Chan said he asked the arborist to remove as much of the overgrown branches of his street tree as they could, but more than 25 percent was removed, so he was fined. The citation also said that he would be responsible for removing and replacing the tree if it died because of the permitted, licensed pruning job.

“Had I known all of this, I might not have even gotten the permits,” said Chan. “I thought I was being proactive in trying to maintain the tree. But apparently the city feels very strongly about a certain number of trees on the street and their health. People in hindsight said they just did it by themselves. We shouldn’t have even bothered asking for a permit. But we wanted to do the right thing.”

Chopping branches, cutting corners

City arborist Russell Hansen said that property owners may hire contractors who may not follow the industry standard and may engage in harmful practices like “topping,” or the removal of the upper branches of a tree. It is cheaper, easier and faster to simply remove the entire canopy of a tree rather than going through and being selective with what is pruned from the tree.

The CFMP says that the current model creates a “disproportionate burden” on low-income residents who may not have the resources to prune their trees or repair the sidewalks, which could exacerbate disparities in canopy cover between disadvantaged and affluent neighborhoods.

Many of those residents are renters and are neither aware nor responsible for vital tree maintenance. Hansen says owners of rental properties don’t see their trees every day, so those trees aren’t receiving the level of care they might if the owner were in residence.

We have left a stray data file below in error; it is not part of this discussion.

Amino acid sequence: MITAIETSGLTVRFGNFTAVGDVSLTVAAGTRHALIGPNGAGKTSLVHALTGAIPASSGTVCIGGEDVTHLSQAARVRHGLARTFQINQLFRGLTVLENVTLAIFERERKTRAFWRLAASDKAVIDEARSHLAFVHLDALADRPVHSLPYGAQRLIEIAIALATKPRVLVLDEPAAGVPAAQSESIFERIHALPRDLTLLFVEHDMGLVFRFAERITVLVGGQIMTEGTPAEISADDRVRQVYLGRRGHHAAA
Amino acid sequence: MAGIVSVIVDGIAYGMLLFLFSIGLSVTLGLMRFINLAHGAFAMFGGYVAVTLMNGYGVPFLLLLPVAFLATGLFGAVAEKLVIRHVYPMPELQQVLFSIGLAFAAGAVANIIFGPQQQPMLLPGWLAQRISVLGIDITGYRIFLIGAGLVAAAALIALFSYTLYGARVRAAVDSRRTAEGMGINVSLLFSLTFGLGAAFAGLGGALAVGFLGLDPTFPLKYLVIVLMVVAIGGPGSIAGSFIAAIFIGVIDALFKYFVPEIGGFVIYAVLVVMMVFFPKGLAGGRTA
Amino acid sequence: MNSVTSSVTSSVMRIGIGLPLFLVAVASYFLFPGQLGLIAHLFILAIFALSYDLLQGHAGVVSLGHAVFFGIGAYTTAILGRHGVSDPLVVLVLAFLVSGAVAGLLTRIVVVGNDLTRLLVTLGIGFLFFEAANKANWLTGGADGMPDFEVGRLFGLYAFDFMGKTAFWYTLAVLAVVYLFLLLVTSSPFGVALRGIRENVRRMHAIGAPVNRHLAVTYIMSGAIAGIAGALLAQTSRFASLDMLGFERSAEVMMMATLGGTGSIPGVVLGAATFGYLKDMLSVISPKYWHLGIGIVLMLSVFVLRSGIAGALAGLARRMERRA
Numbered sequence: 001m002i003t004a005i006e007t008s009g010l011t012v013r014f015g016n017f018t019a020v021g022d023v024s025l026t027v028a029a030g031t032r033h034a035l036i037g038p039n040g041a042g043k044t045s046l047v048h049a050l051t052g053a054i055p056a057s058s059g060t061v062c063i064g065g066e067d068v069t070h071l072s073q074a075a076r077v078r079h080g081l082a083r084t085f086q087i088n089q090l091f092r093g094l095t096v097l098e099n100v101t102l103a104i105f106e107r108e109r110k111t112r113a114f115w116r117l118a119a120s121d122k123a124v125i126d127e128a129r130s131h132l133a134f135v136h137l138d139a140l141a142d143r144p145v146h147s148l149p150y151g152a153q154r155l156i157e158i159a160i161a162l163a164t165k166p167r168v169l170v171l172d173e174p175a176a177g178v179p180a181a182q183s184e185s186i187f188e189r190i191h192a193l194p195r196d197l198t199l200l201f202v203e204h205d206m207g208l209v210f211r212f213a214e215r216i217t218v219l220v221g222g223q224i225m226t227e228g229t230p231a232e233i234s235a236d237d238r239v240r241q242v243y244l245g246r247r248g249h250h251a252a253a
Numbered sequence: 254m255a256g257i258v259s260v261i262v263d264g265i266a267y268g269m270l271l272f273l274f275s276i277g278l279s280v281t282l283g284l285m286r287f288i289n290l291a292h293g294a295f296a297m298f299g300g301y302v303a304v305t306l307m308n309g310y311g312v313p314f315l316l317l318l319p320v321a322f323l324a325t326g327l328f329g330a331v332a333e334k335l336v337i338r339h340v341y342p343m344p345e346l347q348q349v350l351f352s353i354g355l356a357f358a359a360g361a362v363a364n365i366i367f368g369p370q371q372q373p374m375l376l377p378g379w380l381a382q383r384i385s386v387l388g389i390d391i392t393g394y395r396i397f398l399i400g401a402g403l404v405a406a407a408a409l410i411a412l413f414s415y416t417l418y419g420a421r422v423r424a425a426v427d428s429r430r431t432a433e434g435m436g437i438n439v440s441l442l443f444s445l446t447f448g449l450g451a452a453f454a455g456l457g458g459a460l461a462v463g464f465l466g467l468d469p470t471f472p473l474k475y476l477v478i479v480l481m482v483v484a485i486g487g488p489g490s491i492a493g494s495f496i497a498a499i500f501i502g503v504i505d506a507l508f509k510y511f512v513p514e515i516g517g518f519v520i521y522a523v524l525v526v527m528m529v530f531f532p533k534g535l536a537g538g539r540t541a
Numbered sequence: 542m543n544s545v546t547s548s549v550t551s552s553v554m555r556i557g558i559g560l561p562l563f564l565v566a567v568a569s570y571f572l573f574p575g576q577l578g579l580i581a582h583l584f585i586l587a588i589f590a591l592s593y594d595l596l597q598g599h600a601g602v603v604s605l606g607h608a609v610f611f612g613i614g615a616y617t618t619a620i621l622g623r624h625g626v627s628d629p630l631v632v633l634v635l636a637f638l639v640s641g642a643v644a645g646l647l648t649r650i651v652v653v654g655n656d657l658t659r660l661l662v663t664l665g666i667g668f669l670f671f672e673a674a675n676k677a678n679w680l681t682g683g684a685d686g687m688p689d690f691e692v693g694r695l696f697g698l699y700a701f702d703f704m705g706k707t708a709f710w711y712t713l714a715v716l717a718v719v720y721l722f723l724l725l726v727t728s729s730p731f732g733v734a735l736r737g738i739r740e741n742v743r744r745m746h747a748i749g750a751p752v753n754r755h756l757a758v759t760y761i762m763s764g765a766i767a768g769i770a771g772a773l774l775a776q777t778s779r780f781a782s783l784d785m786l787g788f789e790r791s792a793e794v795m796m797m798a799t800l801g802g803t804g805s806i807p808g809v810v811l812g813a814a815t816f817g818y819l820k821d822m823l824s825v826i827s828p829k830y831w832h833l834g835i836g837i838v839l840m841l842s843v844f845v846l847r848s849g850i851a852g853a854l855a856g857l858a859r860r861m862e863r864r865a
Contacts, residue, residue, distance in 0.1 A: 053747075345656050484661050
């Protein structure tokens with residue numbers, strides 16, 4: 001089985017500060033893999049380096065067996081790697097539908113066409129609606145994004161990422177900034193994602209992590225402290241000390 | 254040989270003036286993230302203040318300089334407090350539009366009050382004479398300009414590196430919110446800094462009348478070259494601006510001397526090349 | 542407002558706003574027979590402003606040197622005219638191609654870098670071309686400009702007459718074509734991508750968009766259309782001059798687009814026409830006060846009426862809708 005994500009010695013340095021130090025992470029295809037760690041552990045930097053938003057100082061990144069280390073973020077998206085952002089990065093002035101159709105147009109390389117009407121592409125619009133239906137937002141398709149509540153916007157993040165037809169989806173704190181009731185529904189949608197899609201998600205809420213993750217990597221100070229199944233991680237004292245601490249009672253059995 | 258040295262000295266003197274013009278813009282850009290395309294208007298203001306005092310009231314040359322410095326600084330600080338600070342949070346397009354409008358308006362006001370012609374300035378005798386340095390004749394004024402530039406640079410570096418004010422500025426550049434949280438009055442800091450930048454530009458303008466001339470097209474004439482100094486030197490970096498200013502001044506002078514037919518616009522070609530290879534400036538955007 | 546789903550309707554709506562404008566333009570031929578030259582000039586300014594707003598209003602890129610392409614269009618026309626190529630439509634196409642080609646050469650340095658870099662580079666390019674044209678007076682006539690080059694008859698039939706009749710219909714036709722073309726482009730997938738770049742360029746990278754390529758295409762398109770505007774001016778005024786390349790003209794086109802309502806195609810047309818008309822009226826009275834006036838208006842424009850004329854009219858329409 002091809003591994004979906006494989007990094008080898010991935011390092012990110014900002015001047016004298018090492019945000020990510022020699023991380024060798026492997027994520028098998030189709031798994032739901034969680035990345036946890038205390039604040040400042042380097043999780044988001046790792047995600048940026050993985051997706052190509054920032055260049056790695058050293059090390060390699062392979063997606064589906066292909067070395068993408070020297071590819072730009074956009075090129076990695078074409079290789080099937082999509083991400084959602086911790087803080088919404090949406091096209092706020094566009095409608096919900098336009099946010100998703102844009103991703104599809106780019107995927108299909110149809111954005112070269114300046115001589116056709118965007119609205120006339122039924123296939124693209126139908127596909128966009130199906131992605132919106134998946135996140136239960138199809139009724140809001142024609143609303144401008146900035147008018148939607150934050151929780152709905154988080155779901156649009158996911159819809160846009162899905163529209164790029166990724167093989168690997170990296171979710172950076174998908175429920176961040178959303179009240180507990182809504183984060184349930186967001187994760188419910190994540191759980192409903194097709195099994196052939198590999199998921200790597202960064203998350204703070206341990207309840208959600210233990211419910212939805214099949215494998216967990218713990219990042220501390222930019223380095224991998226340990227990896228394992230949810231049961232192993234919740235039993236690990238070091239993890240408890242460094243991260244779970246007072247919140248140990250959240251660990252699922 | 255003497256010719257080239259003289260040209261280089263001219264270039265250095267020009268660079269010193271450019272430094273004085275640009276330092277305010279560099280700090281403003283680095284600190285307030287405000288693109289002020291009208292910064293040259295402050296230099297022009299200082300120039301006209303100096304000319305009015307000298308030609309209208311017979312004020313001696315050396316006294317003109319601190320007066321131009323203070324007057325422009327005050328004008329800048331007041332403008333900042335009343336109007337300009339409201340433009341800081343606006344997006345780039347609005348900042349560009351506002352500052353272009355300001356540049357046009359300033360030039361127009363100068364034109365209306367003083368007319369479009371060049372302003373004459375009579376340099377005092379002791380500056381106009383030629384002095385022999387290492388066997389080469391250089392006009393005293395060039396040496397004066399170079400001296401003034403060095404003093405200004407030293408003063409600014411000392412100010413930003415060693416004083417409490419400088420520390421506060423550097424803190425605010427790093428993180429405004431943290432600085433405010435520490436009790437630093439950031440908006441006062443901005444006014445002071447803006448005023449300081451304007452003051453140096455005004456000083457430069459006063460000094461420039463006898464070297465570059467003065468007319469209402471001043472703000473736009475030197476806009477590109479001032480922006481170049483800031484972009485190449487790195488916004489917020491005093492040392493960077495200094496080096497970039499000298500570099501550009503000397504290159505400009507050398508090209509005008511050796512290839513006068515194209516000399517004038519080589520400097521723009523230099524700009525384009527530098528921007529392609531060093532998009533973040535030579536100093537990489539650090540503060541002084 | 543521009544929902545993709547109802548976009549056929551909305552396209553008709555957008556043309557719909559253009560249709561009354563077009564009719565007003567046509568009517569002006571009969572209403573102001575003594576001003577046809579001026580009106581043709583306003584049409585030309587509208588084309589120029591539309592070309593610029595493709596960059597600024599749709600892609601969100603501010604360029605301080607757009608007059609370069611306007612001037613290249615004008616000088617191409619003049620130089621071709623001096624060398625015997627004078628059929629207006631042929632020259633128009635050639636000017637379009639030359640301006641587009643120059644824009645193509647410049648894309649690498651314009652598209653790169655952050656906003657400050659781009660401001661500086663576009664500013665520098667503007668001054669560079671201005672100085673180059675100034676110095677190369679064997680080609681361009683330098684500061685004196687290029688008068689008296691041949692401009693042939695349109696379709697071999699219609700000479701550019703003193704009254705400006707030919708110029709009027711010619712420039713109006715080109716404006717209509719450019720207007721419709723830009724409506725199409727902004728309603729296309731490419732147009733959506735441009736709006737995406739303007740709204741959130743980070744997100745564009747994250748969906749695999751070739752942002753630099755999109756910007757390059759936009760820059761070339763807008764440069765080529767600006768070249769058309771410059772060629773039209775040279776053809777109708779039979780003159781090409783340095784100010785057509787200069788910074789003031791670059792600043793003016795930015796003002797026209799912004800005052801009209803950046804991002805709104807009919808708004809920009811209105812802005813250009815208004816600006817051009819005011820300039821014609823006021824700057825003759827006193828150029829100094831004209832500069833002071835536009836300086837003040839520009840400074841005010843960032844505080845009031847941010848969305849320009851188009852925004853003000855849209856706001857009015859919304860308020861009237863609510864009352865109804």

A row of young trees lines South Capitol Avenue next to the East Capitol Expressway. While new plantings are part of an overall effort to restore San Jose’s urban forest, tree experts say that preserving and maintaining existing trees is equally important. (Photo by Heather Allen/Bay City News Foundation)

There is a hardship program to help low-income tree owners cover the costs of maintaining their trees. People who qualify based on their income get assistance with the costs of mandatory removals, pruning or sidewalk fixes. Heyene says it is something that the city of San Jose is looking at expanding under the CFMP.

Hansen said that about 50-100 families who live at properties that require work qualify for hardship assistance annually. Requirements are based on median income levels and the number of residents. 

Hansen said that San Jose has received over 100 hardship applications in the last year “based on increased demand and supplemental funding from the city manager.” He said that the funds for the hardship assistance program were historically sufficient because the income requirements were difficult to meet, but the program was expanded in 2019 to better account for local income levels.